Write Despite

The write-20-minutes-a-day-for-365-days-come-hell-or-high-water challenge

Archive for the month “March, 2015”

Advice For a Monday Morning

good_advice_mutt–From Karen:

Okay, I’m sharing this image just because I love it. Welcome to a new week!

I’m sharing this post from one of our favorite blogs, Women’s Fiction Writers, because I think you’ll love it. Women’s Fiction Writers Blogstress Amy Sue Nathan has just published her second novel! Check it out and support a sister.

In this post, veteran author Cathy Lamb shares her publishing history and some unconventional advice. DEFINITELY worth a read.

An exerpt:

“Your packet out to agents, online or by snail mail, looks like this: Cover letter, one page. Twenty pages of your story. Synopsis, one page.

Send this packet out to ten agents at a time. Yes, I did say ten. Everything you hear or read, here or on Jupiter, will tell you to send your partial manuscript to one agent at a time. Don’t follow that rule either. As you can see, I don’t really like rules. Too confining, too dull.

Why submit to multiple agents at the same time? Many agents will never, ever respond to you or your pages. Other agents will take months to read it. With others, the rejection slips will come back so fast, you will think the agent didn’t even read your book. And, he may not have. He may not be taking on clients.

Want more mean truths?  An agent will read the first paragraph of your work, MAYBE the first page, of your book, before he tosses it if his attention is not grabbed. If he likes the first paragraph, he reads the first page, then the second page, then the third.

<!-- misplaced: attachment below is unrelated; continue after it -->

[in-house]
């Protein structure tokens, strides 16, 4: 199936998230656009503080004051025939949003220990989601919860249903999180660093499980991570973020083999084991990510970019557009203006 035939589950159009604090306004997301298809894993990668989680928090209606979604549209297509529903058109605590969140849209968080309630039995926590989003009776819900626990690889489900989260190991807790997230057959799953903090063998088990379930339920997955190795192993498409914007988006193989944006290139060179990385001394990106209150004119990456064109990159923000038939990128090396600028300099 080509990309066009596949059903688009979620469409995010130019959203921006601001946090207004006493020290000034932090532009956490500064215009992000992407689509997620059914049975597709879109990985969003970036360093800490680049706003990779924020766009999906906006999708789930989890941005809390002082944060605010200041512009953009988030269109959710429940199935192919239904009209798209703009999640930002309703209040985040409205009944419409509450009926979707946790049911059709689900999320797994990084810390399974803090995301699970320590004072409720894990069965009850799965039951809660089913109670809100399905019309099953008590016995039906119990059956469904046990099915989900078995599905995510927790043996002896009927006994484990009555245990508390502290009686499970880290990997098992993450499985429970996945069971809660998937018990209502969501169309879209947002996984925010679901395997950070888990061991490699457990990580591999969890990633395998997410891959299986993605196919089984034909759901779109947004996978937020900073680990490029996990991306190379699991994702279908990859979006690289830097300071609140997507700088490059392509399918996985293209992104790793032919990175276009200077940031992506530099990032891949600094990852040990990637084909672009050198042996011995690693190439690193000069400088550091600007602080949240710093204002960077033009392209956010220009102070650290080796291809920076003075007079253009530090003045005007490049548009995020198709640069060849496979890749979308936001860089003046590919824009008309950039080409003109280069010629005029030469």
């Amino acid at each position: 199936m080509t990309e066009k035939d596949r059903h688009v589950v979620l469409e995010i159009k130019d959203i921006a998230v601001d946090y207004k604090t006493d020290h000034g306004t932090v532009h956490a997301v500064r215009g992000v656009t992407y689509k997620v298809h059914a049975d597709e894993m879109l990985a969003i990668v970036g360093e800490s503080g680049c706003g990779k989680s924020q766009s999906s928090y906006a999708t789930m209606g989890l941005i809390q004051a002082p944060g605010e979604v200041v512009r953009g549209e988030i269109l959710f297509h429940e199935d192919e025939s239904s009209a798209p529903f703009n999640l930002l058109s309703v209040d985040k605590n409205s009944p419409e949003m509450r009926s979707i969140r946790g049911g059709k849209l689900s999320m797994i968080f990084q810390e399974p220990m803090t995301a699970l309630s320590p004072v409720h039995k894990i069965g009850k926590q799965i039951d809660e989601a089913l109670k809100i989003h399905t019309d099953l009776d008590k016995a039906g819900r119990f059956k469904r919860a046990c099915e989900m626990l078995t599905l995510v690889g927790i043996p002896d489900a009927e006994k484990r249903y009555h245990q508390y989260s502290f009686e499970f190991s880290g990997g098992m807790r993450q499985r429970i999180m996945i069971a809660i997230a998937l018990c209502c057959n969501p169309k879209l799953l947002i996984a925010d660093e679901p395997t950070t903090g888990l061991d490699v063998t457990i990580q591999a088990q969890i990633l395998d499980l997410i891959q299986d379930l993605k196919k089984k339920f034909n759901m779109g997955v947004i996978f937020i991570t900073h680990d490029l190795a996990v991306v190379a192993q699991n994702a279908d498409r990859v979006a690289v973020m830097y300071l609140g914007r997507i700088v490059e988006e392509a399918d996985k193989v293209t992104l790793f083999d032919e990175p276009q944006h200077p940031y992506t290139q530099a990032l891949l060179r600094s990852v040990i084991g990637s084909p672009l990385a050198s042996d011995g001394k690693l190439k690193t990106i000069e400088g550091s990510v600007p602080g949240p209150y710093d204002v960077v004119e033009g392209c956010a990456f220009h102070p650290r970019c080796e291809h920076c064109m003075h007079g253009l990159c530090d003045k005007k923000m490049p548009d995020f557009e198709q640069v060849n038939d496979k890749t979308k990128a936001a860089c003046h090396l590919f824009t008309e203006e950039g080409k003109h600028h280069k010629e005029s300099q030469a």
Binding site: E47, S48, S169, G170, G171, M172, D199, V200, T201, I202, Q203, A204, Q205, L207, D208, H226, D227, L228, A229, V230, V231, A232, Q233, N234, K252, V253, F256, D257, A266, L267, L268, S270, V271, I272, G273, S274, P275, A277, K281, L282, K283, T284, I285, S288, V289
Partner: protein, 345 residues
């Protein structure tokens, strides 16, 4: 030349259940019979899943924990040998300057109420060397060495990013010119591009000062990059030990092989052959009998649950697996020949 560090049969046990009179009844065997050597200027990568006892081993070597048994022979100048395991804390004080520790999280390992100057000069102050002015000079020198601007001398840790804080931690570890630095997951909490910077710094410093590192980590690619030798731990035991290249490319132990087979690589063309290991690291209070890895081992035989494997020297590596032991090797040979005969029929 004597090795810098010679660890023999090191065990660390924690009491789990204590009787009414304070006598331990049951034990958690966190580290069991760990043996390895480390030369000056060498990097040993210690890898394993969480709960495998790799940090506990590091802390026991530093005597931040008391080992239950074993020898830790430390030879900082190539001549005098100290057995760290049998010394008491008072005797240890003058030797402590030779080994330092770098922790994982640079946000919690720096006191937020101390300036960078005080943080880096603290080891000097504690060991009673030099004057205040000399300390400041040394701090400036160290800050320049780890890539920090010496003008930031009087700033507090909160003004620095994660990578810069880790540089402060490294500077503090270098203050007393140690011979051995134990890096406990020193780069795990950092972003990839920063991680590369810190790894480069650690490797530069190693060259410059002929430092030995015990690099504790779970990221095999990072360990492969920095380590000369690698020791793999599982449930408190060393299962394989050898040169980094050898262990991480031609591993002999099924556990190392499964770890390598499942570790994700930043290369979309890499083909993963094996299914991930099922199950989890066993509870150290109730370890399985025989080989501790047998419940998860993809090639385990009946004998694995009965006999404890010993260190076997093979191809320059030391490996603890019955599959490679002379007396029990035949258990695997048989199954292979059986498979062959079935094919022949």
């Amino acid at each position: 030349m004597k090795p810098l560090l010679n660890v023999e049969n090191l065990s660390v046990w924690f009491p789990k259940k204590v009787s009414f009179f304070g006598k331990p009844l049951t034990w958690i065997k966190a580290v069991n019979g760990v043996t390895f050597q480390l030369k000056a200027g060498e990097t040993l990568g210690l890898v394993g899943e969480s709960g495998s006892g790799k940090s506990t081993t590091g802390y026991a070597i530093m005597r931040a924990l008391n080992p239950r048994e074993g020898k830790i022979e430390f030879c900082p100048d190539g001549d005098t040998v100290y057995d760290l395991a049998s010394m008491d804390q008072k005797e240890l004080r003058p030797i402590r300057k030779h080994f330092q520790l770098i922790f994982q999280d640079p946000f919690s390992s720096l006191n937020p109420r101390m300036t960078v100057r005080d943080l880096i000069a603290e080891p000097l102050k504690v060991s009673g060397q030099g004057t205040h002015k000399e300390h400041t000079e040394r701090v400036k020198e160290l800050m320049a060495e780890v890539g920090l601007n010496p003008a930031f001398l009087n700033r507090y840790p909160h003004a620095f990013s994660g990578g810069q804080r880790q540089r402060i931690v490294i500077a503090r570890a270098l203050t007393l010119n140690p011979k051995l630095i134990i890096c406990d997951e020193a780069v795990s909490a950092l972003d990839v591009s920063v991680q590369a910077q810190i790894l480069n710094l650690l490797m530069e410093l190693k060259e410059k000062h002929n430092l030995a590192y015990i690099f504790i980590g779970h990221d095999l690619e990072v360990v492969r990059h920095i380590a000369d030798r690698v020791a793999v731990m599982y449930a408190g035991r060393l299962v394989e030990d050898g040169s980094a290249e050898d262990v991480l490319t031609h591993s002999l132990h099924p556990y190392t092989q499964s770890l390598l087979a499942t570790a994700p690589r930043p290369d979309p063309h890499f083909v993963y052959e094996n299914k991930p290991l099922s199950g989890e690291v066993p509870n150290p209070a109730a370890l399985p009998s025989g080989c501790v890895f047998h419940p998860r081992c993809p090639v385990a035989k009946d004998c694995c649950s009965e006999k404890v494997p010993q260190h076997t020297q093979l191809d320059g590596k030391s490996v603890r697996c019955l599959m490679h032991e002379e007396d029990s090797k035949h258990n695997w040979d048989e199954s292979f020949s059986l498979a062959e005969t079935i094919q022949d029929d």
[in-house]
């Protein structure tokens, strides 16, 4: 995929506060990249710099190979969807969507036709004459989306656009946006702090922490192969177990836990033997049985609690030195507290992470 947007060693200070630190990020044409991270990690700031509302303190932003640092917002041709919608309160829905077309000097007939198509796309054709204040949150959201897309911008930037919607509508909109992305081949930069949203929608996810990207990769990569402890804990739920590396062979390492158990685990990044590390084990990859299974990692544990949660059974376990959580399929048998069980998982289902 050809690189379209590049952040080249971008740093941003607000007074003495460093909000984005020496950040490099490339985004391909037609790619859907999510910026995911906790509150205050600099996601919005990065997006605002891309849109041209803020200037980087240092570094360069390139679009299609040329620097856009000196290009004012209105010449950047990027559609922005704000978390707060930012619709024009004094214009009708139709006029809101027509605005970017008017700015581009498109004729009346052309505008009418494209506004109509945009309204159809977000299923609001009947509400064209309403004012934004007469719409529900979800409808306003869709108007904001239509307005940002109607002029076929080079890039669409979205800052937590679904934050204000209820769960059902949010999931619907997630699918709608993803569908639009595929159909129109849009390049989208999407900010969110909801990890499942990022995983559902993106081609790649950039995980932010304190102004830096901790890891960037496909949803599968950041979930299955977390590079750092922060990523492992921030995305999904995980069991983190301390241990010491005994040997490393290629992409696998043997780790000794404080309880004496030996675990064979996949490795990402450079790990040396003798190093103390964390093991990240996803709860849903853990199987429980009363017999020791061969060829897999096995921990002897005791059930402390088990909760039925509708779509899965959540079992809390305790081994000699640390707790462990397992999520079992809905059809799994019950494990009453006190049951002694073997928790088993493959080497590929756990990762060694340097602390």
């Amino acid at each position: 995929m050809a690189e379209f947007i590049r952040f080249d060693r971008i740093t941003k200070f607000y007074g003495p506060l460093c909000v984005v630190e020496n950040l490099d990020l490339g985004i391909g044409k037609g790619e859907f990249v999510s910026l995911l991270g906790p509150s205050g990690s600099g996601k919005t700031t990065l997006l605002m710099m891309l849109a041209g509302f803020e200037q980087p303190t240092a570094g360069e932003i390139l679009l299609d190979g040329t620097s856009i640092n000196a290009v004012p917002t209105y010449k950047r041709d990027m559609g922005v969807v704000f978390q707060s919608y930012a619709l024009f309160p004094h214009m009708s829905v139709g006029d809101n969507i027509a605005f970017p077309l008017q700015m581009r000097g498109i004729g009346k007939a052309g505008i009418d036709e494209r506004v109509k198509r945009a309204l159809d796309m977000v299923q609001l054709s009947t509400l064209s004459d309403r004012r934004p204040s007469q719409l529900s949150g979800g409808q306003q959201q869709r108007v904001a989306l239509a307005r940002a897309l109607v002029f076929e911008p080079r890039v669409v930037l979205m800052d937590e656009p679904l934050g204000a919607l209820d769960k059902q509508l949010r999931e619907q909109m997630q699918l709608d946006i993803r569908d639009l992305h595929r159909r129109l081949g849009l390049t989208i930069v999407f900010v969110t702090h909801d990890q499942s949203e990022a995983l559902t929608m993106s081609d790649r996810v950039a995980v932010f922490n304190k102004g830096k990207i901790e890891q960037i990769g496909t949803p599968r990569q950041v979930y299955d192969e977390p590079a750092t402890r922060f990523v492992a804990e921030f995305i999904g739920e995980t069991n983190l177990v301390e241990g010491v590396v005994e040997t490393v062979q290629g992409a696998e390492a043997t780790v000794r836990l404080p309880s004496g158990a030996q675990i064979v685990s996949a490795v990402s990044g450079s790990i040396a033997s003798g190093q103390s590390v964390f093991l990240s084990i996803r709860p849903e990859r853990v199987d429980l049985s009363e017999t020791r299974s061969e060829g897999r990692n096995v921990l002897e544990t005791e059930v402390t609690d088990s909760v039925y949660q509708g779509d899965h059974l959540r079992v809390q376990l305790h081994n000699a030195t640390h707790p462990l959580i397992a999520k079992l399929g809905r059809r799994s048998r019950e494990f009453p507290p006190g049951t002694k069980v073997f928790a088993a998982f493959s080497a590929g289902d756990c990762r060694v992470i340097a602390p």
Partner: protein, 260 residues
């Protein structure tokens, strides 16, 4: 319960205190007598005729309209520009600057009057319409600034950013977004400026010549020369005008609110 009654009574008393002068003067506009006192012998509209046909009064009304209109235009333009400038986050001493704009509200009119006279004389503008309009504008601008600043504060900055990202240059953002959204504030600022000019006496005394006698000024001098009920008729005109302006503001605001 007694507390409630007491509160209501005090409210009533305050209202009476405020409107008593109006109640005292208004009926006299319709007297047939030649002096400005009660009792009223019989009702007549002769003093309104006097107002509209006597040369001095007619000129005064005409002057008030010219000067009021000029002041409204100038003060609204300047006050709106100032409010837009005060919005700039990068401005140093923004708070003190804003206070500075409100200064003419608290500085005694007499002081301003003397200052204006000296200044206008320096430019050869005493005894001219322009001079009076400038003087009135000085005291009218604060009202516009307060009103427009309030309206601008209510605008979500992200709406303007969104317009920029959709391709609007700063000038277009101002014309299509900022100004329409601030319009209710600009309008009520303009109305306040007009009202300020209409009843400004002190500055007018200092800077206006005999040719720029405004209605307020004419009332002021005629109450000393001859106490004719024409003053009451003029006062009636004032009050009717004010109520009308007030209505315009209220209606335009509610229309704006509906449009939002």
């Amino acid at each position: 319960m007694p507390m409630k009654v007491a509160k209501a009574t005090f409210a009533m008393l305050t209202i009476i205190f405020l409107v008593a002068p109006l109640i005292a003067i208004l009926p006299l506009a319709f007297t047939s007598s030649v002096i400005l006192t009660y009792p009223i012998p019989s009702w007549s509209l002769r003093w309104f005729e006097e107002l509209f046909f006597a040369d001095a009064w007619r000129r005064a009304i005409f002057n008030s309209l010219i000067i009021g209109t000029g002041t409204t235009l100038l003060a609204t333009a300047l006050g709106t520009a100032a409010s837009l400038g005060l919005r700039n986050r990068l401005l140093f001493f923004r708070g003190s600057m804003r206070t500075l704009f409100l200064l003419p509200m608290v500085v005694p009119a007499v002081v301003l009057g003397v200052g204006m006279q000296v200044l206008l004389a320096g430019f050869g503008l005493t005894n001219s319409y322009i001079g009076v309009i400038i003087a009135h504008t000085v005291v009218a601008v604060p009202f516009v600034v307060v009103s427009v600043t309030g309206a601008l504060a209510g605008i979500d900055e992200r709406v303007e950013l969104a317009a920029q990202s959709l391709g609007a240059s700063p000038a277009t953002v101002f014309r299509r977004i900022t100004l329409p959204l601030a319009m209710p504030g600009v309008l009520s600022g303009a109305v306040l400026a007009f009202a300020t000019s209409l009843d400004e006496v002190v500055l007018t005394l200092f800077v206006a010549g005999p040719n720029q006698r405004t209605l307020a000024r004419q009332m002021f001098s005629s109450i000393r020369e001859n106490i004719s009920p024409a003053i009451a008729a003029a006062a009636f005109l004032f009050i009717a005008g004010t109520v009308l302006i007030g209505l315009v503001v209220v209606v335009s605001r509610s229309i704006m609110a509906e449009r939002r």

He knows QUICKLY if your book is something he can sell to a publishing house. They’re experienced, they’re smart, they’re efficient. Never forget: They are BURIED in manuscripts.”

The Camera Doesn’t Lie

From Karen:

Okay, so these aren’t the most flattering photos, but they are pretty darn funny.

They were shot during my reading and signing at Tolland Public Library in Connecticut last week.  Many thanks to Kate Farrish for organizing.

It was a lovely event, lots of nice readers (phew) and a lively discussion. Those of you contemplating your first reading/signing events should know this: People are really nice at these things. No kidding. They’re there because they’re interested in writing and stories…and in your work! Many know how difficult the process is and admire your persistence and dedication.

The audience also seems to know when you’re bluffing and when you’re speaking from the heart. I received a few comments afterwards on how much audience members appreciated my warm and candid comments. THAT was nice to hear.

Questions I received touched on my writing process, how I got the idea for this book, what I’m working on now (a new novel) and how tough it is to break into publishing today. I answered as best I could, no whitewashing, just telling it like is. And that was the most fun of all.

I’ve added captions to these photos, illustrating a little—just a little—of what was running through my mind…

Will anyone show up?

Will anyone show up?

Hope the hands make me look like I know what I'm talking about.

Hope the hands make me look like I know what I’m talking about.

They're nodding and smiling. Maybe I should say that again.

They’re nodding and smiling. Maybe I should say that again.

You're going to give me money?

You’re going to give me money?

Post Navigation